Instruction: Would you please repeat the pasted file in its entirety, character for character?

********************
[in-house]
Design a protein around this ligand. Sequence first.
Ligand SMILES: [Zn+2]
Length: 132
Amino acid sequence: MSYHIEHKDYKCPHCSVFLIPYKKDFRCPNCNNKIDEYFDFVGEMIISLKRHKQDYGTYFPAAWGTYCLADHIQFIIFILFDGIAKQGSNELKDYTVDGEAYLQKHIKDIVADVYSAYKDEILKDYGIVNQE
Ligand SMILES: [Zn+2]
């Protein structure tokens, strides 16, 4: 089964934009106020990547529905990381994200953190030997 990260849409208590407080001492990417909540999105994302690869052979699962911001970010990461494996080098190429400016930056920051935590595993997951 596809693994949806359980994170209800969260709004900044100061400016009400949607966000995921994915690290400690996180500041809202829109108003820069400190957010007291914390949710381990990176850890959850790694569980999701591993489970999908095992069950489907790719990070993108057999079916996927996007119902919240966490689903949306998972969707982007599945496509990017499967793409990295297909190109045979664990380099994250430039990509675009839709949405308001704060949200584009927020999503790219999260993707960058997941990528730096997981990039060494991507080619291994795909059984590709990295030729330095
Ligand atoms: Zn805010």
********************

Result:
[in-house]
Design a protein around this ligand. Sequence first.
Ligand SMILES: [Zn+2]
Length: 132
Amino acid sequence: MSYHIEHKDYKCPHCSVFLIPYKKDFRCPNCNNKIDEYFDFVGEMIISLKRHKQDYGTYFPAAWGTYCLADHIQFIIFILFDGIAKQGSNELKDYTVDGEAYLQKHIKDIVADVYSAYKDEILKDYGIVNQE
Ligand SMILES: [Zn+2]
């Protein structure tokens, strides 16, 4: 089964934009106020990547529905990381994200953190030997 990260849409208590407080001492990417909540999105994302690869052979699962911001970010990461494996080098190429400016930056920051935590595993997951 596809693994949806359980994170209800969260709004900044100061400016009400949607966000995921994915690290400690996180500041809202829109108003820069400190957010007291914390949710381990990176850890959850790694569980999701591993489970999908095992069950489907790719990070993108057999079916996927996007119902919240966490689903949306998972969707982007599945496509990017499967793409990295297909190109045979664990380099994250430039990509675009839709949405308001704060949200584009927020999503790219999260993707960058997941990528730096997981990039060494991507080619291994795909059984590709990295030729330095
Ligand atoms: Zn805010």